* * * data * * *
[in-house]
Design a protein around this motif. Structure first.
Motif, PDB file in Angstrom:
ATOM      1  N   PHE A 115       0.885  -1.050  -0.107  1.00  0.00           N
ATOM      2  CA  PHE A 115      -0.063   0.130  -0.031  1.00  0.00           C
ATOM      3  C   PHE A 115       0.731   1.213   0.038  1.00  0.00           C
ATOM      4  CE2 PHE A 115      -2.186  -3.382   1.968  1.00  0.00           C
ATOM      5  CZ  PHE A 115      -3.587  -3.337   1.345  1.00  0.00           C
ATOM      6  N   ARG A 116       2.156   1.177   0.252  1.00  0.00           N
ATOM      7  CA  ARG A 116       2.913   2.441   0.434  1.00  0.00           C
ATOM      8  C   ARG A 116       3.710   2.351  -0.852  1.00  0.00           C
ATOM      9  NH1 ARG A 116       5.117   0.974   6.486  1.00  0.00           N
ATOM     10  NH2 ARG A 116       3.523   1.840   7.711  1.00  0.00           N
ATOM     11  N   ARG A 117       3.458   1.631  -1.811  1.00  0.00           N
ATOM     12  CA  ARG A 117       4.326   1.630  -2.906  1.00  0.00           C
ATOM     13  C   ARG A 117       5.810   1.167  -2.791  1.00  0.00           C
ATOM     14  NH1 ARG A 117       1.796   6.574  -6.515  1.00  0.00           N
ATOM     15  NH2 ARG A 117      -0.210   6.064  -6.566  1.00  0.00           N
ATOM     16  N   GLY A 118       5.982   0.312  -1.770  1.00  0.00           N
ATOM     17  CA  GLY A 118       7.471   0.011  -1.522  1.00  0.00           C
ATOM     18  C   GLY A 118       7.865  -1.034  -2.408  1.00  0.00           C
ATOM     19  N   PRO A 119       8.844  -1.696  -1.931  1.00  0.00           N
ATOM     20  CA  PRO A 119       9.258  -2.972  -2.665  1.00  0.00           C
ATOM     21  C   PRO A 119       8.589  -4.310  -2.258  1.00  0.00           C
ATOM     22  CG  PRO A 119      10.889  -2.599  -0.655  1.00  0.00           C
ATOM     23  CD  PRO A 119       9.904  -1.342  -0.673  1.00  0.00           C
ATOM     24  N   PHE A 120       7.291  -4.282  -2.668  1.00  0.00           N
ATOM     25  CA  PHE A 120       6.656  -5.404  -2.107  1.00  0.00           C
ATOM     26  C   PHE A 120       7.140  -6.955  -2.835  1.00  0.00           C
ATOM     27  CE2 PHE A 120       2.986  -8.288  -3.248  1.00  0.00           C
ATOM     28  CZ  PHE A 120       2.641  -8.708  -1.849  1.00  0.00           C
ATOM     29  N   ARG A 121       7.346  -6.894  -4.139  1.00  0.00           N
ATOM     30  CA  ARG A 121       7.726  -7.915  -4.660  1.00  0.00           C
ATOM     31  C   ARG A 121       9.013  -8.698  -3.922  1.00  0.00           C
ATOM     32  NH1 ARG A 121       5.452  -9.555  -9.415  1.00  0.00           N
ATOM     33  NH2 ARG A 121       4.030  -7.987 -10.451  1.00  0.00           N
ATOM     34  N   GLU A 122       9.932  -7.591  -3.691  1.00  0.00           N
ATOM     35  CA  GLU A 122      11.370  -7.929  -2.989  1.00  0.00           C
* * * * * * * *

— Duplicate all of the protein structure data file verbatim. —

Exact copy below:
[in-house]
Design a protein around this motif. Structure first.
Motif, PDB file in Angstrom:
ATOM      1  N   PHE A 115       0.885  -1.050  -0.107  1.00  0.00           N
ATOM      2  CA  PHE A 115      -0.063   0.130  -0.031  1.00  0.00           C
ATOM      3  C   PHE A 115       0.731   1.213   0.038  1.00  0.00           C
ATOM      4  CE2 PHE A 115      -2.186  -3.382   1.968  1.00  0.00           C
ATOM      5  CZ  PHE A 115      -3.587  -3.337   1.345  1.00  0.00           C
ATOM      6  N   ARG A 116       2.156   1.177   0.252  1.00  0.00           N
ATOM      7  CA  ARG A 116       2.913   2.441   0.434  1.00  0.00           C
ATOM      8  C   ARG A 116       3.710   2.351  -0.852  1.00  0.00           C
ATOM      9  NH1 ARG A 116       5.117   0.974   6.486  1.00  0.00           N
ATOM     10  NH2 ARG A 116       3.523   1.840   7.711  1.00  0.00           N
ATOM     11  N   ARG A 117       3.458   1.631  -1.811  1.00  0.00           N
ATOM     12  CA  ARG A 117       4.326   1.630  -2.906  1.00  0.00           C
ATOM     13  C   ARG A 117       5.810   1.167  -2.791  1.00  0.00           C
ATOM     14  NH1 ARG A 117       1.796   6.574  -6.515  1.00  0.00           N
ATOM     15  NH2 ARG A 117      -0.210   6.064  -6.566  1.00  0.00           N
ATOM     16  N   GLY A 118       5.982   0.312  -1.770  1.00  0.00           N
ATOM     17  CA  GLY A 118       7.471   0.011  -1.522  1.00  0.00           C
ATOM     18  C   GLY A 118       7.865  -1.034  -2.408  1.00  0.00           C
ATOM     19  N   PRO A 119       8.844  -1.696  -1.931  1.00  0.00           N
ATOM     20  CA  PRO A 119       9.258  -2.972  -2.665  1.00  0.00           C
ATOM     21  C   PRO A 119       8.589  -4.310  -2.258  1.00  0.00           C
ATOM     22  CG  PRO A 119      10.889  -2.599  -0.655  1.00  0.00           C
ATOM     23  CD  PRO A 119       9.904  -1.342  -0.673  1.00  0.00           C
ATOM     24  N   PHE A 120       7.291  -4.282  -2.668  1.00  0.00           N
ATOM     25  CA  PHE A 120       6.656  -5.404  -2.107  1.00  0.00           C
ATOM     26  C   PHE A 120       7.140  -6.955  -2.835  1.00  0.00           C
ATOM     27  CE2 PHE A 120       2.986  -8.288  -3.248  1.00  0.00           C
ATOM     28  CZ  PHE A 120       2.641  -8.708  -1.849  1.00  0.00           C
ATOM     29  N   ARG A 121       7.346  -6.894  -4.139  1.00  0.00           N
ATOM     30  CA  ARG A 121       7.726  -7.915  -4.660  1.00  0.00           C
ATOM     31  C   ARG A 121       9.013  -8.698  -3.922  1.00  0.00           C
ATOM     32  NH1 ARG A 121       5.452  -9.555  -9.415  1.00  0.00           N
ATOM     33  NH2 ARG A 121       4.030  -7.987 -10.451  1.00  0.00           N
ATOM     34  N   GLU A 122       9.932  -7.591  -3.691  1.00  0.00           N
ATOM     35  CA  GLU A 122      11.370  -7.929  -2.989  1.00  0.00           C